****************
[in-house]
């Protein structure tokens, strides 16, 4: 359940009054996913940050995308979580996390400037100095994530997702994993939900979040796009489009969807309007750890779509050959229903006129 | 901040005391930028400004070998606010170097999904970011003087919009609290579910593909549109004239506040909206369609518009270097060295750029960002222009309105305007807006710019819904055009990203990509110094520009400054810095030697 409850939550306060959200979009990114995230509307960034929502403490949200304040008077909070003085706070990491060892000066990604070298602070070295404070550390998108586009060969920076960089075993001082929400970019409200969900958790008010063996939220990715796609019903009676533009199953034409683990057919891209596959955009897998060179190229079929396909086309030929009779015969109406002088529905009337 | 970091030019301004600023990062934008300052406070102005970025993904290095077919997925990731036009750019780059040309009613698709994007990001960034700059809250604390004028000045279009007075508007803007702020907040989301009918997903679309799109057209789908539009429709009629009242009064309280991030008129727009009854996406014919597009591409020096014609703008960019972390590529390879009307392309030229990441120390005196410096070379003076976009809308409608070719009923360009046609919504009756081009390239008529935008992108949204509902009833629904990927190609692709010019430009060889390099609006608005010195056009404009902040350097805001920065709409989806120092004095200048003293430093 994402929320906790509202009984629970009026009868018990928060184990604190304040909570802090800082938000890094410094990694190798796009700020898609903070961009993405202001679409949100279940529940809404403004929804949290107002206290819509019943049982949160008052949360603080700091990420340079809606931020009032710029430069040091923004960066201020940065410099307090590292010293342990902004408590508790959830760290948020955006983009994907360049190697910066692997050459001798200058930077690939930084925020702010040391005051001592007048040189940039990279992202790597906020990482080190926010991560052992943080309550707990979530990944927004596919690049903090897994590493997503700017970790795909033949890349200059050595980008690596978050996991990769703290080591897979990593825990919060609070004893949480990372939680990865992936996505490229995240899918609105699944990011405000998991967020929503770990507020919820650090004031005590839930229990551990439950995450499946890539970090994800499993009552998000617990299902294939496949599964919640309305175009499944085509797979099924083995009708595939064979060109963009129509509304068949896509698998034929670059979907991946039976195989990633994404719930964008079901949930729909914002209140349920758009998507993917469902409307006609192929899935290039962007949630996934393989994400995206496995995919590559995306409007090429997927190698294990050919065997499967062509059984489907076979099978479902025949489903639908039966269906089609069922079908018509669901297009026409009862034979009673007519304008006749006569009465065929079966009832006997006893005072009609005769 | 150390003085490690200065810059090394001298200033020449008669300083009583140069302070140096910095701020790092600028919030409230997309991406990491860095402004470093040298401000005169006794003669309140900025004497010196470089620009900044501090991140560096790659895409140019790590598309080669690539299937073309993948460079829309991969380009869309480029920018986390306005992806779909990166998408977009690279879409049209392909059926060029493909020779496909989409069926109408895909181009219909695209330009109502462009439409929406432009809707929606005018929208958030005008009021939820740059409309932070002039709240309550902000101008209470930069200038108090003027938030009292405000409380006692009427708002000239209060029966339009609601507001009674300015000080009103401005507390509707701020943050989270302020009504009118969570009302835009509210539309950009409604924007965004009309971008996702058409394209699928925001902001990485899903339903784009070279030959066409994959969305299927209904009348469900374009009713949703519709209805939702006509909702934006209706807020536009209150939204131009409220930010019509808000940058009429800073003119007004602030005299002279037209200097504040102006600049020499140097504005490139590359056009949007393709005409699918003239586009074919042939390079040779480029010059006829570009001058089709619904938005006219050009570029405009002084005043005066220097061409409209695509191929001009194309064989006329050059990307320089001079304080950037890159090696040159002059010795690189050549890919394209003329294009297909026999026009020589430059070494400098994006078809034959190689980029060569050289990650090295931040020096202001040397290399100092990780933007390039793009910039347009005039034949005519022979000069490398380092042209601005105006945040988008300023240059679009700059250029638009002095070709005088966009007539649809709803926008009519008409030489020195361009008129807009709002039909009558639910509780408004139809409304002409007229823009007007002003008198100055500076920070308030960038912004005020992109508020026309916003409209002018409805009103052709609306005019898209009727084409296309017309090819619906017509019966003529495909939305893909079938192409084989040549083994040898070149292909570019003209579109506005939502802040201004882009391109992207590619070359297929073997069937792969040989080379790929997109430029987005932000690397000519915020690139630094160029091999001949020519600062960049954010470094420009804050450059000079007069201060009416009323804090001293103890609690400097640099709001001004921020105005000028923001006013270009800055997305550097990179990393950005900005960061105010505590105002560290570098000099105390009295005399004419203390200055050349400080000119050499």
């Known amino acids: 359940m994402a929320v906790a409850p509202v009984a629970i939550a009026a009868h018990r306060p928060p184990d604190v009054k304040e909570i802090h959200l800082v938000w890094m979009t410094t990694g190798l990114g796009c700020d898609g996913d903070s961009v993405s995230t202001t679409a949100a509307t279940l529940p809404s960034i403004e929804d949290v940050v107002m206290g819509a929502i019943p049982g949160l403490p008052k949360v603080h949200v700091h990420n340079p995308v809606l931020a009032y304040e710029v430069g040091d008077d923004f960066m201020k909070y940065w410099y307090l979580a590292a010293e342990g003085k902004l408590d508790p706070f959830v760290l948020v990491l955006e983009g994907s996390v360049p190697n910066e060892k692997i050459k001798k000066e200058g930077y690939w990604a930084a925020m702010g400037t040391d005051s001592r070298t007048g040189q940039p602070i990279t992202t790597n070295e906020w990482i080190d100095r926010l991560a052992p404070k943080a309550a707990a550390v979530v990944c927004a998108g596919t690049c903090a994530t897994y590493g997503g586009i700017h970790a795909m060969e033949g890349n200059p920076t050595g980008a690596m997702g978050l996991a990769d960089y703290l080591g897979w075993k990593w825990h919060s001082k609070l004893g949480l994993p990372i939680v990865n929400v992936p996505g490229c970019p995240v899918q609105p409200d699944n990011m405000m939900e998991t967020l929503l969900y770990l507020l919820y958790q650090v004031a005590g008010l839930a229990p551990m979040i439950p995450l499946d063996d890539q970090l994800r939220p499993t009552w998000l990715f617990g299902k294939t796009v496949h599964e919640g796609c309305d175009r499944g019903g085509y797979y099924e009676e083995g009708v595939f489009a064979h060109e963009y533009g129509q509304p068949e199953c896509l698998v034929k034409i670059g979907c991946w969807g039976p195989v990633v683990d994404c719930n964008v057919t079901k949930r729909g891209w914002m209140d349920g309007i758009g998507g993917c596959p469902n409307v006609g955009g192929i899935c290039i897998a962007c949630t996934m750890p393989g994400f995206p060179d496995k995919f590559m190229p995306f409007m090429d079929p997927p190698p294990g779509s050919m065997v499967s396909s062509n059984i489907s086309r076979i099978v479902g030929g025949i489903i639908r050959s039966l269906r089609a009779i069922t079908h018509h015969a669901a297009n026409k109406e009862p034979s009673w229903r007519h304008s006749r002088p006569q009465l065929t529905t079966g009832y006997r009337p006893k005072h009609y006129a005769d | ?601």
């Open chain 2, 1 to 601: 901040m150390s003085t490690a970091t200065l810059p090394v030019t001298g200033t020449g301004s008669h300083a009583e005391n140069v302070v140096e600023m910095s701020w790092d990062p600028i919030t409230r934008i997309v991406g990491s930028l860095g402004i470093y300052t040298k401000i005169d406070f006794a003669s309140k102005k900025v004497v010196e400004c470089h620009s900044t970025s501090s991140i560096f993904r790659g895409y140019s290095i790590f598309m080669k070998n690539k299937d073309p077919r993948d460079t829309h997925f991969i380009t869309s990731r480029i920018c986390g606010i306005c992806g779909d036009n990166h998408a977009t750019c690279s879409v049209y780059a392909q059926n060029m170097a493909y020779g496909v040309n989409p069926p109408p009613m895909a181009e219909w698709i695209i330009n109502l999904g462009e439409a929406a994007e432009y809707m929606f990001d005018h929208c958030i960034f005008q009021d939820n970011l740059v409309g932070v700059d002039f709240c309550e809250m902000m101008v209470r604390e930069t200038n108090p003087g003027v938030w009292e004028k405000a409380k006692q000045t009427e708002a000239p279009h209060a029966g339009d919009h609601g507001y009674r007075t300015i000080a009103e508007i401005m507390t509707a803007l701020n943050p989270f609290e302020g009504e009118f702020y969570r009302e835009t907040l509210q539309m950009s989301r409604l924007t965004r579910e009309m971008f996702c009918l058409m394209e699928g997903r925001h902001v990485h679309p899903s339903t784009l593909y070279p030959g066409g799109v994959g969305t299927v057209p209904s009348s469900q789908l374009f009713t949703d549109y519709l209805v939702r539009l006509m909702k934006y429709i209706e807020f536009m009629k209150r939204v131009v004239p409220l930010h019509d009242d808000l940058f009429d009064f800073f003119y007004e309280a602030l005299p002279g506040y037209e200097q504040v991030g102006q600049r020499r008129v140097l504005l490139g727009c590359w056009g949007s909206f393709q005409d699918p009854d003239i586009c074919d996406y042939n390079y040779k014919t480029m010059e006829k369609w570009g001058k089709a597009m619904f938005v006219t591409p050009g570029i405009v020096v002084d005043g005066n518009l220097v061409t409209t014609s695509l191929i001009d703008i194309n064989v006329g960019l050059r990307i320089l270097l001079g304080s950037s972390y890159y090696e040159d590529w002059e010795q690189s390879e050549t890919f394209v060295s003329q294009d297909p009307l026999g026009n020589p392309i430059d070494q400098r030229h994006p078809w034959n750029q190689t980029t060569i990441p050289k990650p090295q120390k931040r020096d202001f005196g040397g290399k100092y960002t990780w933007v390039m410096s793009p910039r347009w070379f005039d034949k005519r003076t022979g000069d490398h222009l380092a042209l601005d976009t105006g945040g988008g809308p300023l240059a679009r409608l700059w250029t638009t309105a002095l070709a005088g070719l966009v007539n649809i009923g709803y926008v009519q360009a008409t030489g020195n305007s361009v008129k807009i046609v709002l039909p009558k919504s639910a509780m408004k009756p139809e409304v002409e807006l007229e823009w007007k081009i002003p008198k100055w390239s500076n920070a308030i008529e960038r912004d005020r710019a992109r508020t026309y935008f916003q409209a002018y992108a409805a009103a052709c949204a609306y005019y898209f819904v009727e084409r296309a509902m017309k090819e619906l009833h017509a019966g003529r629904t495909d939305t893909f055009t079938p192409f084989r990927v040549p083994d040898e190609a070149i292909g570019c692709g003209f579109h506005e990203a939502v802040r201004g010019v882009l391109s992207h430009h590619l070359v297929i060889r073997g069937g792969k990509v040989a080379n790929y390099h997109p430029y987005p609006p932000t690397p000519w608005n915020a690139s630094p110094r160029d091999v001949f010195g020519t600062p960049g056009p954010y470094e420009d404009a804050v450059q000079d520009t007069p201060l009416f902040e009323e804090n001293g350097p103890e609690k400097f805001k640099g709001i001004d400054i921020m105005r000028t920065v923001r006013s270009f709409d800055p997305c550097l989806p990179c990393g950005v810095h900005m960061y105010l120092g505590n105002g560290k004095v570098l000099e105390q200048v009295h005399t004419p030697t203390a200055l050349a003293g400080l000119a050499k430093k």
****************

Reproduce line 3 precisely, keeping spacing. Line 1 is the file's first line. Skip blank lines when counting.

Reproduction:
């Known amino acids: 359940m994402a929320v906790a409850p509202v009984a629970i939550a009026a009868h018990r306060p928060p184990d604190v009054k304040e909570i802090h959200l800082v938000w890094m979009t410094t990694g190798l990114g796009c700020d898609g996913d903070s961009v993405s995230t202001t679409a949100a509307t279940l529940p809404s960034i403004e929804d949290v940050v107002m206290g819509a929502i019943p049982g949160l403490p008052k949360v603080h949200v700091h990420n340079p995308v809606l931020a009032y304040e710029v430069g040091d008077d923004f960066m201020k909070y940065w410099y307090l979580a590292a010293e342990g003085k902004l408590d508790p706070f959830v760290l948020v990491l955006e983009g994907s996390v360049p190697n910066e060892k692997i050459k001798k000066e200058g930077y690939w990604a930084a925020m702010g400037t040391d005051s001592r070298t007048g040189q940039p602070i990279t992202t790597n070295e906020w990482i080190d100095r926010l991560a052992p404070k943080a309550a707990a550390v979530v990944c927004a998108g596919t690049c903090a994530t897994y590493g997503g586009i700017h970790a795909m060969e033949g890349n200059p920076t050595g980008a690596m997702g978050l996991a990769d960089y703290l080591g897979w075993k990593w825990h919060s001082k609070l004893g949480l994993p990372i939680v990865n929400v992936p996505g490229c970019p995240v899918q609105p409200d699944n990011m405000m939900e998991t967020l929503l969900y770990l507020l919820y958790q650090v004031a005590g008010l839930a229990p551990m979040i439950p995450l499946d063996d890539q970090l994800r939220p499993t009552w998000l990715f617990g299902k294939t796009v496949h599964e919640g796609c309305d175009r499944g019903g085509y797979y099924e009676e083995g009708v595939f489009a064979h060109e963009y533009g129509q509304p068949e199953c896509l698998v034929k034409i670059g979907c991946w969807g039976p195989v990633v683990d994404c719930n964008v057919t079901k949930r729909g891209w914002m209140d349920g309007i758009g998507g993917c596959p469902n409307v006609g955009g192929i899935c290039i897998a962007c949630t996934m750890p393989g994400f995206p060179d496995k995919f590559m190229p995306f409007m090429d079929p997927p190698p294990g779509s050919m065997v499967s396909s062509n059984i489907s086309r076979i099978v479902g030929g025949i489903i639908r050959s039966l269906r089609a009779i069922t079908h018509h015969a669901a297009n026409k109406e009862p034979s009673w229903r007519h304008s006749r002088p006569q009465l065929t529905t079966g009832y006997r009337p006893k005072h009609y006129a005769d | ?601």